I’ve only read one short story book recently (and by that, I mean early part of 2016) and didn’t quite enjoy it. I have Ken Liu’s Paper Menagerie on my stack as my second attempt to love short stories, and I’m hoping stories with a fantastical slant might be my cup of tea. This book looks like it’s been overwhelmingly reviewed as positive on Goodreads, so I can’t wait to check it out.
Skullsworn by Brian Staveley (20 April, Tor/Pan Macmillan)
“Pyrre Lakatur doesn’t like the description skullsworn. It doesn’t capture the beauty of her devotion to Ananshael, God of Death. She is not an assassin, but a priestess. Or she will be, if she can pass her final trial. The problem isn’t killing: Pyrre has spent her life training to kill where necessary. The problem is love. To pass the trial, a skullsworn must offer their partner to Ananshael – but Pyrre has never been in love, and time is short. Pyrre throws herself into the other aspects of her trial – until she’s arrested by the brilliant, enigmatic Commander Ruc Lan Lac. He might be Pyrre’s last chance at love, so she must stay close – even as he investigates the murders she’s committing. It’s a dangerous dance, trying to fall for a man while worshipping a god he loathes. If she succeeds, she must betray her only love. And if she fails, a violent deathawaits them both . . .”
A standalone fantasy novel? I am SHOCKED. But I am also stupendously glad, because everything seems to have to be a series now, and sometimes it just doesn’t work. It’s like those television programmes, where the story is really just fit a limited number of episodes, but because it’s such a hit, they stretch it out and drag it on and on, until everything is ruined. I’m hoping this one turns out good. It also has a female protagonist! Hurrah!
Sympathy by Olivia Sudjic (4 May, One/Pushkin Press)
“At twenty-three, Alice Hare leaves England for New York. She becomes fixated on Mizuko Himura, a Japanese writer living in New York, whose life story has strange parallels to her own and whom she believes is her “internet twin.” What seems to Mizuko like a chance encounter with Alice is anything but—after all, in the age of connectivity, nothing is coincidence. Their subsequent relationship is doomed from the outset, exposing a tangle of lies and sexual encounters as three families across the globe collide, and the most ancient of questions — where do we come from — is answered just by searching online. In its heady evocation of everything from Haruki Murakami to Patricia Highsmith to Edith Wharton, Sympathy is utterly original — a thrilling tale of obsession, doubling, blood ties, and our tormented efforts to connect in the digital age.”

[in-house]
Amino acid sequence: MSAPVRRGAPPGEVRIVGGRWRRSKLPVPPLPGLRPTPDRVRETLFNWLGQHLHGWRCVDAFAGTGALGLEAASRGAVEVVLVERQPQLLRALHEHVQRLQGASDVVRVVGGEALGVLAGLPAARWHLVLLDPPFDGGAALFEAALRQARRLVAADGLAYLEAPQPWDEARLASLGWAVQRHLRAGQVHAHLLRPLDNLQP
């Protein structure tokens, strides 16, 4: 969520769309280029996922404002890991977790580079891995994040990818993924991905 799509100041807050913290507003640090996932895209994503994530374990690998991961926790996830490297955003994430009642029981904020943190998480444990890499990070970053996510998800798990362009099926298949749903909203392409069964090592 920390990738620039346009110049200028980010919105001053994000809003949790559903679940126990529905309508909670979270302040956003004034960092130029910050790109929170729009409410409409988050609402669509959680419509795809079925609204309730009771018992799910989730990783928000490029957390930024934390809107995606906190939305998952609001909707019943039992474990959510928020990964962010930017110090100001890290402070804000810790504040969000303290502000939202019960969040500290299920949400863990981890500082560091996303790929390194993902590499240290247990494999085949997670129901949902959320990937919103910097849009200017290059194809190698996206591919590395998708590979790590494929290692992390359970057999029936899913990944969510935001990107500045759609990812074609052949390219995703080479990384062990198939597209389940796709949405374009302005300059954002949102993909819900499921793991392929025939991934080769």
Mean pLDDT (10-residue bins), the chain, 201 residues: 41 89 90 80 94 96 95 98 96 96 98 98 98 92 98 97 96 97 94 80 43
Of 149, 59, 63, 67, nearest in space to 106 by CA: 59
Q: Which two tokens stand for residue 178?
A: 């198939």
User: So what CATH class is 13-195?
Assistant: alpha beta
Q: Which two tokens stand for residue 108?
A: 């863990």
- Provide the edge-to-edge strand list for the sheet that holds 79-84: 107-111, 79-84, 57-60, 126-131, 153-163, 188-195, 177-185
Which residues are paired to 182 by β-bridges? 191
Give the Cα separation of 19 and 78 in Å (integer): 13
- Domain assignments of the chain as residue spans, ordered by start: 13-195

In a time where we meet, connect, and make friends and even lovers online, this sounds like a book a lot of people would probably find somewhat familiar, and therefore interesting. That blurb is making me tingle with anticipation. I’ll definitely have to get this even if I’ve somehow scheduled myself a book ban in May!
Conversations With Friends by Sally Rooney (1 June, Faber & Faber)
“Sally Rooney’s brilliant, seductive first novel is about Frances, Bobbi, Nick and Melissa, four lively characters who ask each other endless questions. They discuss relationships. They talk, of course, about art and literature, sex and
friendship, politics and feminism. Frances, a twenty-one-year- old, and a poet, is at the heart of it all, bringing us this
tale of a ménage à quatre, which includes her affair with Nick, an older married man. Frances overflows with life and intelligence and wants to understand how to live her life and to love. You can read Conversations with Friends as a rom-com or you can read it as a feminist text. You can read it as a book about the difficulties of intimacy. It’s also about how our minds think about our bodies. The conversations sound like life as it is lived today.”
This is sounding mildly intriguing to me, in that summer read kind of way, but sometimes, I wonder whether I’ve just become old that I find it hard to relate — or remember — how it was like being a teen or young adult. I have friends in their mid-20s that I have no problems getting along with, but then in stories, I find the younger generation quite insufferable at times. I’m hoping it won’t be the latter for this book.
Greatest Hits by Laura Barnett (15 June, Weidenfeld & Nicolson/Orion)
“Cass Wheeler – a British singer-songwriter, hugely successful since the early 70s, whose sudden disappearance from the music world three decades later has been the subject of intense speculation among her fans – is in the studio that adjoins her home, taking a journey back into her past. Her task is to choose sixteen songs from among the hundreds she has written since her early teens, for a uniquely personal Greatest Hits record, describing the arc of her life through song. It has been over a decade since Cass last put out an album; ten years since the loss of her daughter catapulted her into a breakdown. In the course of this one day – both ordinary and extraordinary – each song Cass plays sets off a chain of memories, leading us deep into her past, and into the creative impulse that has underpinned her work.”
I adored Laura Barnett’s debut effort The Versions of Us, so I’ve been waiting for this novel ever since I heard news she was working on it! Sixteen tracks make up the story of Cass’ life, and if you didn’t know — the author worked with a singer/songwriter to bring the songs to life! There will be an accompanying album along with the book, and I can’t wait to see how W&N campaigns for this book.
And that’s it! The publishers have moved some books around their schedule since putting out their catalogues, so anything I’ve missed I honestly wouldn’t have known otherwise.
Let’s have a chat!
Any books that you’re thinking of adding to your list? How about any suggestions for me?
Don’t forget to check out my previous post for my anticipated releases in January & February 2017!